Gracie Hall (brother), Elliott (father), Eleanor, Elliott, Jr. (brother), 1892
Anna Eleanor Roosevelt (October 11, 1884 November 7, 1962) was an American human rights activist, stateswoman, journalist, educator, author, and diplomat. As the wife of President of the United States Franklin D. Roosevelt, the ...
You gain strength, courage, and confidence by each experience in which you really stop to look fear in the face. You are able to say to yourself, ?I have lived through this horror. I can take the next thing that comes along.? You must do the thing you think you cannot do.
One's philosophy is not best expressed in words; it is expressed in the choices one makes. In the long run, we shape our lives and we shape ourselves. The process never ends until we die. And, the choices we make are ultimately our own responsibility.
The reason that fiction is more interesting than any other form of literature, to those who really like to study people, is that in fiction the author can really tell the truth without humiliating himself.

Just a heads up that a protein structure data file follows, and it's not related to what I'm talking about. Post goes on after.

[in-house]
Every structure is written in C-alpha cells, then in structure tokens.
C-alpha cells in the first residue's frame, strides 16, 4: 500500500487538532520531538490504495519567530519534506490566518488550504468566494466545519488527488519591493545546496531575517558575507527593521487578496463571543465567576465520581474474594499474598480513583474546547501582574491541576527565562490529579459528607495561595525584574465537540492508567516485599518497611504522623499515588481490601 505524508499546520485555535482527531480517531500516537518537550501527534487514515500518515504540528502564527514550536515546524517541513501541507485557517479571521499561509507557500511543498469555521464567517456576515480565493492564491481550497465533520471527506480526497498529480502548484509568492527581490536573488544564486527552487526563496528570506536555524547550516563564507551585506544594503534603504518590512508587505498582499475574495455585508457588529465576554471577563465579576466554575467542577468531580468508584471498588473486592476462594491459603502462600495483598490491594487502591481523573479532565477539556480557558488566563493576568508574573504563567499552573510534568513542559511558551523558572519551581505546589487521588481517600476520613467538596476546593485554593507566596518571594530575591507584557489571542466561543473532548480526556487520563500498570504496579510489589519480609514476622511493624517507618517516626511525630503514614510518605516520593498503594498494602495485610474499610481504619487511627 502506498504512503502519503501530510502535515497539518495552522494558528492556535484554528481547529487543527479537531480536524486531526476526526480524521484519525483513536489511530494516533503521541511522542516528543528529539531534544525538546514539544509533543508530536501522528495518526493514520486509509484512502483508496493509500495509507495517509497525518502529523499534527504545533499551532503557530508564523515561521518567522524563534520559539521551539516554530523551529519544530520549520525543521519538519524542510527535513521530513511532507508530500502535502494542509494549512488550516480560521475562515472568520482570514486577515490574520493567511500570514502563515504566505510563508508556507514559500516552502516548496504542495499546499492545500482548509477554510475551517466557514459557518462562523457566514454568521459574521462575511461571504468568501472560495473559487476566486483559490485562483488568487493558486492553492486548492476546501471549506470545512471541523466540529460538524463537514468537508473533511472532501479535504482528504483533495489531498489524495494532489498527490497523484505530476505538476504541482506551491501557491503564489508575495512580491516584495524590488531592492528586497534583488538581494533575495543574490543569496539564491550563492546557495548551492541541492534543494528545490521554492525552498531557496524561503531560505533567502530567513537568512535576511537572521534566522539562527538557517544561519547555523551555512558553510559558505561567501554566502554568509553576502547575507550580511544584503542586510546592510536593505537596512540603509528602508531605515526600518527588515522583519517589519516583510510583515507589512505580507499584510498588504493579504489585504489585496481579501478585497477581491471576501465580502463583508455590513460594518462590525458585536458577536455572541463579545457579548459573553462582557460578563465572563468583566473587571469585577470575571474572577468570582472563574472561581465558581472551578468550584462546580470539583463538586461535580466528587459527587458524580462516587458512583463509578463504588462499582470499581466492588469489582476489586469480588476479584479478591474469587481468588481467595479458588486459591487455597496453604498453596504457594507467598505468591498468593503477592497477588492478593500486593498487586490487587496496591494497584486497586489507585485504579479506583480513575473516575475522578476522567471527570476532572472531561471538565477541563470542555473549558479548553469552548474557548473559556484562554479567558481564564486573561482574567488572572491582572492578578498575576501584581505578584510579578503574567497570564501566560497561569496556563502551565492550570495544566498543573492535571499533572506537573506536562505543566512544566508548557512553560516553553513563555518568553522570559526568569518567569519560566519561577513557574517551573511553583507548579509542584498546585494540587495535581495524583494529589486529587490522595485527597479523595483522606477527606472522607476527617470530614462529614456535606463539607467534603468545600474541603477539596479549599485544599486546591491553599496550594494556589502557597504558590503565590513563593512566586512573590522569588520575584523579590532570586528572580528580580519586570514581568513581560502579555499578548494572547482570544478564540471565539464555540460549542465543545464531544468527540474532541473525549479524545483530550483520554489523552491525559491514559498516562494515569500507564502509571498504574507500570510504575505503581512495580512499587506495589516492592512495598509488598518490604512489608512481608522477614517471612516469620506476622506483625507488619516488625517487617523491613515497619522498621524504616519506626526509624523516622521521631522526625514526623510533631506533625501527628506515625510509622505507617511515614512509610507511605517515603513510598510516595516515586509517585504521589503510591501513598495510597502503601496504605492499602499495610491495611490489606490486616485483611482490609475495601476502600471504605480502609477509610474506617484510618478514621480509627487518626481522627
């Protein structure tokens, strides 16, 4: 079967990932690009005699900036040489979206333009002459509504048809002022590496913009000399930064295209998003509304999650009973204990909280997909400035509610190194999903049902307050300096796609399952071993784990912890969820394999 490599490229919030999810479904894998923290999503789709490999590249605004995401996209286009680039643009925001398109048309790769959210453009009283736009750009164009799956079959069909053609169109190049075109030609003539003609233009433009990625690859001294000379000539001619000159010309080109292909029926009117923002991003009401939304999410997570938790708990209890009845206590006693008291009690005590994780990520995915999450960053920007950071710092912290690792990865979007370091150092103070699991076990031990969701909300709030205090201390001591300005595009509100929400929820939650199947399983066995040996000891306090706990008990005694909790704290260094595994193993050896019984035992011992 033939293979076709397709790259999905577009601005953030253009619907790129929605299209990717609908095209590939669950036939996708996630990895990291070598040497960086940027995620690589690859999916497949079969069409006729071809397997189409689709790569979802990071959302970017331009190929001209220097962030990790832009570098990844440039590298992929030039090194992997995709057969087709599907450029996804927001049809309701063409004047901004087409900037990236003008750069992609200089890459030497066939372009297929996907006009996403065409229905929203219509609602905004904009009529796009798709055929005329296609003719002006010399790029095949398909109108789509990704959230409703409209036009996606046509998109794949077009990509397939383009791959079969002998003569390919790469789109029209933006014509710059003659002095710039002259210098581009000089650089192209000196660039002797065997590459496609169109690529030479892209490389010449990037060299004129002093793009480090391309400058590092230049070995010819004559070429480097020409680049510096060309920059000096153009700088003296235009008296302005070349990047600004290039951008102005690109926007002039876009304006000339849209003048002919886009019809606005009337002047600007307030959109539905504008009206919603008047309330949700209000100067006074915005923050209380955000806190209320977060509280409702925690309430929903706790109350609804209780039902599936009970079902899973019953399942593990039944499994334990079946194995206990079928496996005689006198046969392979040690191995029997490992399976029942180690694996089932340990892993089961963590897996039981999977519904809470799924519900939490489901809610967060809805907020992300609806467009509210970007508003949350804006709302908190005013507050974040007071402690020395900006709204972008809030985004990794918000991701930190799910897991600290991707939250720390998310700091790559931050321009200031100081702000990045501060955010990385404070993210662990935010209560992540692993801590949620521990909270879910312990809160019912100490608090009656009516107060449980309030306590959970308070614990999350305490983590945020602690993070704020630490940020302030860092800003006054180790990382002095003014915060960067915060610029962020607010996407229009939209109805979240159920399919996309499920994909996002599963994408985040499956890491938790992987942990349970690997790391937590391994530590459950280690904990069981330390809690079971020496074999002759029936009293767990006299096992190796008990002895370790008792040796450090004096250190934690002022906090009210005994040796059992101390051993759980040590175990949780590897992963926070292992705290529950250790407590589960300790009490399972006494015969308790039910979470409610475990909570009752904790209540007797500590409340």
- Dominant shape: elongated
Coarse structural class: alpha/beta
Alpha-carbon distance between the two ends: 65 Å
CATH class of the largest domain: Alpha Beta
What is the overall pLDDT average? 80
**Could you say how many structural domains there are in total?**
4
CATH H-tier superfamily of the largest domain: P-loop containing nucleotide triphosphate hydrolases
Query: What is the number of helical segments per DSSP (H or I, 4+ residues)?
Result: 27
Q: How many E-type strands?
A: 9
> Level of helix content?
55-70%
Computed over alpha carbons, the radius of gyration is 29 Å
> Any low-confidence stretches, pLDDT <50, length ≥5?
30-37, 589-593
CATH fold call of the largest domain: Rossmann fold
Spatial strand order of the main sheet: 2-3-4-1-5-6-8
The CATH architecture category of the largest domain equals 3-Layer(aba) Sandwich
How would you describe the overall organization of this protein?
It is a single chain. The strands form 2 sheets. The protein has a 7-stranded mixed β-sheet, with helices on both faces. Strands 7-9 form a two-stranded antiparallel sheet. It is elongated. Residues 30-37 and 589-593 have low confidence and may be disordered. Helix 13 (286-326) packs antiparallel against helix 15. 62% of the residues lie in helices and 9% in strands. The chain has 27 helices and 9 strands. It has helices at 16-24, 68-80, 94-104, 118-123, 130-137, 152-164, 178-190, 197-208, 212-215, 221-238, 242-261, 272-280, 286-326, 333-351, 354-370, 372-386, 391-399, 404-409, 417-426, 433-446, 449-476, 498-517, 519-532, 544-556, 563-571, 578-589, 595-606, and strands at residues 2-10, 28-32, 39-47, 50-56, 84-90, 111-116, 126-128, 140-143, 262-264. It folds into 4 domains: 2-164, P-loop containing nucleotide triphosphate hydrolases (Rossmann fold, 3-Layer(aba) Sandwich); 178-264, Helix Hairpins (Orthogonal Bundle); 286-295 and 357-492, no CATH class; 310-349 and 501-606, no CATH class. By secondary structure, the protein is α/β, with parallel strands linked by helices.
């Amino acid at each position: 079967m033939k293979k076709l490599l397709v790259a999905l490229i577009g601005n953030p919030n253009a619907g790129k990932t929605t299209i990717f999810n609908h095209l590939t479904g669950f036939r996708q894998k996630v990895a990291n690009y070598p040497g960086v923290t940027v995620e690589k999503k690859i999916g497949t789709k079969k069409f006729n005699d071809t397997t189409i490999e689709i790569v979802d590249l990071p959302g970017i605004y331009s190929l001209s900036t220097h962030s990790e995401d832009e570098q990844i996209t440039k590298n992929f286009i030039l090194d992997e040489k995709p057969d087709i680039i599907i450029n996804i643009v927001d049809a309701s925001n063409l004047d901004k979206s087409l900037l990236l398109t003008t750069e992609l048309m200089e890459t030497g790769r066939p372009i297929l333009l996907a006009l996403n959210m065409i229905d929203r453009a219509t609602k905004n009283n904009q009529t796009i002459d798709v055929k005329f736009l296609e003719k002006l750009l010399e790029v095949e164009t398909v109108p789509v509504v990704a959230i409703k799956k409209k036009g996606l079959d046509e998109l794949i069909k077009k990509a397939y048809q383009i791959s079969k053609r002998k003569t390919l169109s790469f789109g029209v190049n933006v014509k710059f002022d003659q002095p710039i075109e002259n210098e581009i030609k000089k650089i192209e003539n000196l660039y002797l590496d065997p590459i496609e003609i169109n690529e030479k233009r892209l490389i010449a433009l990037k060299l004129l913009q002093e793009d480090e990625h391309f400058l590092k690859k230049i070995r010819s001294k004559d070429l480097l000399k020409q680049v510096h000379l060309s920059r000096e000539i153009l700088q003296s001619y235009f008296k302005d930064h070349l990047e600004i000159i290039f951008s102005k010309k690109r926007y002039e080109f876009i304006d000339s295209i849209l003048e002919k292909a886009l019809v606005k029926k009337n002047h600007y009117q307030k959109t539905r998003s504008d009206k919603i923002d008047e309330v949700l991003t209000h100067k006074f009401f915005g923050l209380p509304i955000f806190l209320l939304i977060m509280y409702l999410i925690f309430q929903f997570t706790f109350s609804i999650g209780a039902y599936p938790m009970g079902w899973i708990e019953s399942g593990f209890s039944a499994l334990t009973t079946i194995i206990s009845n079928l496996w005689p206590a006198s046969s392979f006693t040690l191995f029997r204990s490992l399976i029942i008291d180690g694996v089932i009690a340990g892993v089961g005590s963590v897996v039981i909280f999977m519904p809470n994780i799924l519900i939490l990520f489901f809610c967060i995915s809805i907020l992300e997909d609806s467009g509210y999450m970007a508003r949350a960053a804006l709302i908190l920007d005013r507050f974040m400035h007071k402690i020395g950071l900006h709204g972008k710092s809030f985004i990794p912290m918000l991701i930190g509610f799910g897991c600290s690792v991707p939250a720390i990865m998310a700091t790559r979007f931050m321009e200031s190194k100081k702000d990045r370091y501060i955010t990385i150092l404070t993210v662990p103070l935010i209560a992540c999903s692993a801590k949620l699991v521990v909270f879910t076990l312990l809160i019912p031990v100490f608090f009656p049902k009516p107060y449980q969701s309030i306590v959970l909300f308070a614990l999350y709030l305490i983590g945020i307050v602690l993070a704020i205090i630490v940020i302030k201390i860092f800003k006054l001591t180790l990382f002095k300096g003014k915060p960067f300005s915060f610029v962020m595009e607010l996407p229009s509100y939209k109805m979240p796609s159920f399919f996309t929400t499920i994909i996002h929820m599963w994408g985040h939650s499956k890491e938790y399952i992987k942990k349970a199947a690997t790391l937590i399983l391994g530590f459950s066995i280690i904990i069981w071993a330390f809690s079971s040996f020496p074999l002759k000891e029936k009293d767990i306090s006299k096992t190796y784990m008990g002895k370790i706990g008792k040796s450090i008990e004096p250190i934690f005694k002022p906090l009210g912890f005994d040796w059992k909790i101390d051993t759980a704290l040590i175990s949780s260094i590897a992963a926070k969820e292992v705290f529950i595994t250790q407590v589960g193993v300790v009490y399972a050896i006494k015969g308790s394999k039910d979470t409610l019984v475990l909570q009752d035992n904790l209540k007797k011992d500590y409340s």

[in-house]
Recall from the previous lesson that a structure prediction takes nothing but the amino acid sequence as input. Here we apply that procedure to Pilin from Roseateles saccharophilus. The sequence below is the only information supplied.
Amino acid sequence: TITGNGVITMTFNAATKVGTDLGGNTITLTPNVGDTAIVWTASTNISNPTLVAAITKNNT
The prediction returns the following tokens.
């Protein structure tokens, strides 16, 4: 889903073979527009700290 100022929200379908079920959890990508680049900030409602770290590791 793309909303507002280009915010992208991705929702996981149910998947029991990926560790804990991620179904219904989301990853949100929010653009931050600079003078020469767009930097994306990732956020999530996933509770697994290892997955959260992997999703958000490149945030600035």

All human beings have failings, all human beings have needs and temptations and stresses. Men and women who live together through long years get to know one another's failings; but they also come to know what is worthy of respect and admiration in those they live with and in themselves. If at the end one can say, This man used to the limit the powers that God granted him; he was worthy of love and respect and of the sacrifices of many people, made in order that he might achieve what he deemed to be his task, then that life has been lived well and there are no regrets.
Somewhere along the line of development we discover what we really are, and then we make our real decision for which we are responsible. Make that decision primarily for yourself because you can never really live anyone else's life, not even your own child's.
Where, after all, do universal human rights begin? In small places, close to homeso close and so small that they cannot be seen on any map of the world. Yet they are the world of the individual person: the neighborhood he lives in; the school or college he attends; the factory, farm or office where he works. Such are the places where every man, woman and child seeks equal justice, equal opportunity, equal dignity without discrimination. Unless these rights have meaning there, they have little meaning anywhere. Without concerted citizen action to uphold them close to home, we shall look in vain for progress in the larger world.
A trait no other nation seems to possess in quite the same degree that we do -- namely, a feeling of almost childish injury and resentment unless the world as a whole recognizes how innocent we are of anything but the most generous and harmless intentions.